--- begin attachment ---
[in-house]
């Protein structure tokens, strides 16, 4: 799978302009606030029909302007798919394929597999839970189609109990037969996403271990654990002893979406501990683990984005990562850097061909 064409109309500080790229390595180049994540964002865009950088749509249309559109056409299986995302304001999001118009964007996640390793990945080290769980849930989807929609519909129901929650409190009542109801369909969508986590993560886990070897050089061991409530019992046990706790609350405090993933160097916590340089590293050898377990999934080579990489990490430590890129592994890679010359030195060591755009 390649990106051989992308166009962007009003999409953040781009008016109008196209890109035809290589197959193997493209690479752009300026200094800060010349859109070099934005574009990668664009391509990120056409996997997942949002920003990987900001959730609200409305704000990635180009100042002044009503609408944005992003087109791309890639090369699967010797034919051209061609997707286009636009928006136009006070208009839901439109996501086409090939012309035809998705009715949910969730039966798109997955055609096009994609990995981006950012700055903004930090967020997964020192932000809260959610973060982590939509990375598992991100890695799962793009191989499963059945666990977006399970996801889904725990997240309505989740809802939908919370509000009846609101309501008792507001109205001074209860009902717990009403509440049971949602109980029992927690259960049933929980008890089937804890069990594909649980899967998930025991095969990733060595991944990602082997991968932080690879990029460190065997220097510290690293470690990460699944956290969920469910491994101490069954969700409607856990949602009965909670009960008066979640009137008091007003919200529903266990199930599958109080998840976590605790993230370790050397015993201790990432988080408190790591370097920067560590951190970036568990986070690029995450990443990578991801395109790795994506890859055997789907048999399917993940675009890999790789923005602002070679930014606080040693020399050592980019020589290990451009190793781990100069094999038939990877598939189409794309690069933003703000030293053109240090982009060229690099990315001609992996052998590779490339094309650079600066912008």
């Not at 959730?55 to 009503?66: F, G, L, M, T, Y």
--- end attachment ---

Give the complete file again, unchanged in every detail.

[in-house]
């Protein structure tokens, strides 16, 4: 799978302009606030029909302007798919394929597999839970189609109990037969996403271990654990002893979406501990683990984005990562850097061909 064409109309500080790229390595180049994540964002865009950088749509249309559109056409299986995302304001999001118009964007996640390793990945080290769980849930989807929609519909129901929650409190009542109801369909969508986590993560886990070897050089061991409530019992046990706790609350405090993933160097916590340089590293050898377990999934080579990489990490430590890129592994890679010359030195060591755009 390649990106051989992308166009962007009003999409953040781009008016109008196209890109035809290589197959193997493209690479752009300026200094800060010349859109070099934005574009990668664009391509990120056409996997997942949002920003990987900001959730609200409305704000990635180009100042002044009503609408944005992003087109791309890639090369699967010797034919051209061609997707286009636009928006136009006070208009839901439109996501086409090939012309035809998705009715949910969730039966798109997955055609096009994609990995981006950012700055903004930090967020997964020192932000809260959610973060982590939509990375598992991100890695799962793009191989499963059945666990977006399970996801889904725990997240309505989740809802939908919370509000009846609101309501008792507001109205001074209860009902717990009403509440049971949602109980029992927690259960049933929980008890089937804890069990594909649980899967998930025991095969990733060595991944990602082997991968932080690879990029460190065997220097510290690293470690990460699944956290969920469910491994101490069954969700409607856990949602009965909670009960008066979640009137008091007003919200529903266990199930599958109080998840976590605790993230370790050397015993201790990432988080408190790591370097920067560590951190970036568990986070690029995450990443990578991801395109790795994506890859055997789907048999399917993940675009890999790789923005602002070679930014606080040693020399050592980019020589290990451009190793781990100069094999038939990877598939189409794309690069933003703000030293053109240090982009060229690099990315001609992996052998590779490339094309650079600066912008």
């Not at 959730?55 to 009503?66: F, G, L, M, T, Y």